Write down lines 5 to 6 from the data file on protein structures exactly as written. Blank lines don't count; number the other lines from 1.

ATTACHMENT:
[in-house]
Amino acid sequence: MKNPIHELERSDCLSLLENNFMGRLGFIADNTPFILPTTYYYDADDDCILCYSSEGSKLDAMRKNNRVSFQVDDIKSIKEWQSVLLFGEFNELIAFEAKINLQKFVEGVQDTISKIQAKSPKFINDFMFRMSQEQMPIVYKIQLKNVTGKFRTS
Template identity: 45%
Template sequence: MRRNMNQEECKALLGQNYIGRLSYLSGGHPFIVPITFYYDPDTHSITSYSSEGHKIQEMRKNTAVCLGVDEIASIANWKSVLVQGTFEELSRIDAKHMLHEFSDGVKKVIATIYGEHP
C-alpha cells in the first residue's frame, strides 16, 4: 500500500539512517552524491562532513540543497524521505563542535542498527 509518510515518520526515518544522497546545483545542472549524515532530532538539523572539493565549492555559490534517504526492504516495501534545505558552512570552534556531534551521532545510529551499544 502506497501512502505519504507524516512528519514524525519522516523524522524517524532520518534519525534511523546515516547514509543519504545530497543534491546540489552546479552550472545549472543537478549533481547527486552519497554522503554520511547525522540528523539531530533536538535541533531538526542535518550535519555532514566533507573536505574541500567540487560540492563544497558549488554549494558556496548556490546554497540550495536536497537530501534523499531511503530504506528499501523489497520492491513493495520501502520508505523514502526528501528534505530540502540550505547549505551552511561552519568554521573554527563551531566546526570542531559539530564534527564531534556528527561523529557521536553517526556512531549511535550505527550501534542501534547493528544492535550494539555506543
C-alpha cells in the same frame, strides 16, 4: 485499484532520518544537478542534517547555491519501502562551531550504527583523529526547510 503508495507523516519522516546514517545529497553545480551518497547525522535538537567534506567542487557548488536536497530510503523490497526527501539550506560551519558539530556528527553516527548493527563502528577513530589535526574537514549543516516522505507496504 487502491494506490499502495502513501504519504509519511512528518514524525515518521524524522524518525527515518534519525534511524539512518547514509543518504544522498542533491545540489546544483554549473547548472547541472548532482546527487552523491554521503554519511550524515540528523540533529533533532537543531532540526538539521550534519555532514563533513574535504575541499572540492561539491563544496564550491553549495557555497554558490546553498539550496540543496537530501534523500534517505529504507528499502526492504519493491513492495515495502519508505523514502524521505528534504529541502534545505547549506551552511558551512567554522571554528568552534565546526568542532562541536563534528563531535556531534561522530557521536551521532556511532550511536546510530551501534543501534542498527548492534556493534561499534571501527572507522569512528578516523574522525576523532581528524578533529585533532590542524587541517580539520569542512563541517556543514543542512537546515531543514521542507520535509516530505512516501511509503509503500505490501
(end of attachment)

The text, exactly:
C-alpha cells in the first residue's frame, strides 16, 4: 500500500539512517552524491562532513540543497524521505563542535542498527 509518510515518520526515518544522497546545483545542472549524515532530532538539523572539493565549492555559490534517504526492504516495501534545505558552512570552534556531534551521532545510529551499544 502506497501512502505519504507524516512528519514524525519522516523524522524517524532520518534519525534511523546515516547514509543519504545530497543534491546540489552546479552550472545549472543537478549533481547527486552519497554522503554520511547525522540528523539531530533536538535541533531538526542535518550535519555532514566533507573536505574541500567540487560540492563544497558549488554549494558556496548556490546554497540550495536536497537530501534523499531511503530504506528499501523489497520492491513493495520501502520508505523514502526528501528534505530540502540550505547549505551552511561552519568554521573554527563551531566546526570542531559539530564534527564531534556528527561523529557521536553517526556512531549511535550505527550501534542501534547493528544492535550494539555506543
C-alpha cells in the same frame, strides 16, 4: 485499484532520518544537478542534517547555491519501502562551531550504527583523529526547510 503508495507523516519522516546514517545529497553545480551518497547525522535538537567534506567542487557548488536536497530510503523490497526527501539550506560551519558539530556528527553516527548493527563502528577513530589535526574537514549543516516522505507496504 487502491494506490499502495502513501504519504509519511512528518514524525515518521524524522524518525527515518534519525534511524539512518547514509543518504544522498542533491545540489546544483554549473547548472547541472548532482546527487552523491554521503554519511550524515540528523540533529533533532537543531532540526538539521550534519555532514563533513574535504575541499572540492561539491563544496564550491553549495557555497554558490546553498539550496540543496537530501534523500534517505529504507528499502526492504519493491513492495515495502519508505523514502524521505528534504529541502534545505547549506551552511558551512567554522571554528568552534565546526568542532562541536563534528563531535556531534561522530557521536551521532556511532550511536546510530551501534543501534542498527548492534556493534561499534571501527572507522569512528578516523574522525576523532581528524578533529585533532590542524587541517580539520569542512563541517556543514543542512537546515531543514521542507520535509516530505512516501511509503509503500505490501